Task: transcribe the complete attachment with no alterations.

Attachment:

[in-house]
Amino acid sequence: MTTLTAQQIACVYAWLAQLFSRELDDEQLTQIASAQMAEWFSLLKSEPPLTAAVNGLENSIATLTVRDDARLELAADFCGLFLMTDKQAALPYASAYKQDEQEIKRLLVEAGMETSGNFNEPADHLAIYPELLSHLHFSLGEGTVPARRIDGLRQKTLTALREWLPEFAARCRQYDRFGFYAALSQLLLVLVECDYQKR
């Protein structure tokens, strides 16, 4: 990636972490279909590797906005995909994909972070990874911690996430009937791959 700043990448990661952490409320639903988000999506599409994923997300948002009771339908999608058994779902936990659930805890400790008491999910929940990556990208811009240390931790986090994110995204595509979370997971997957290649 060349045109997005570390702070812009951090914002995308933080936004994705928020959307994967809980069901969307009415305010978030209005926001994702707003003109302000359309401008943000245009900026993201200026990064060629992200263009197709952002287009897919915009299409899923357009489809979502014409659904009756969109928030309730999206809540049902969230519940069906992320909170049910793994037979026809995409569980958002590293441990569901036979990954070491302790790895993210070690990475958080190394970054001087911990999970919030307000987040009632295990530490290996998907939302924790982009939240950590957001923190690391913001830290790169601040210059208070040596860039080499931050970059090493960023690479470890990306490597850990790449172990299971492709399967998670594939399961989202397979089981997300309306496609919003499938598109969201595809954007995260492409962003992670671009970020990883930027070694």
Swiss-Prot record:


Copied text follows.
[in-house]
Amino acid sequence: MTTLTAQQIACVYAWLAQLFSRELDDEQLTQIASAQMAEWFSLLKSEPPLTAAVNGLENSIATLTVRDDARLELAADFCGLFLMTDKQAALPYASAYKQDEQEIKRLLVEAGMETSGNFNEPADHLAIYPELLSHLHFSLGEGTVPARRIDGLRQKTLTALREWLPEFAARCRQYDRFGFYAALSQLLLVLVECDYQKR
């Protein structure tokens, strides 16, 4: 990636972490279909590797906005995909994909972070990874911690996430009937791959 700043990448990661952490409320639903988000999506599409994923997300948002009771339908999608058994779902936990659930805890400790008491999910929940990556990208811009240390931790986090994110995204595509979370997971997957290649 060349045109997005570390702070812009951090914002995308933080936004994705928020959307994967809980069901969307009415305010978030209005926001994702707003003109302000359309401008943000245009900026993201200026990064060629992200263009197709952002287009897919915009299409899923357009489809979502014409659904009756969109928030309730999206809540049902969230519940069906992320909170049910793994037979026809995409569980958002590293441990569901036979990954070491302790790895993210070690990475958080190394970054001087911990999970919030307000987040009632295990530490290996998907939302924790982009939240950590957001923190690391913001830290790169601040210059208070040596860039080499931050970059090493960023690479470890990306490597850990790449172990299971492709399967998670594939399961989202397979089981997300309306496609919003499938598109969201595809954007995260492409962003992670671009970020990883930027070694």
Swiss-Prot record: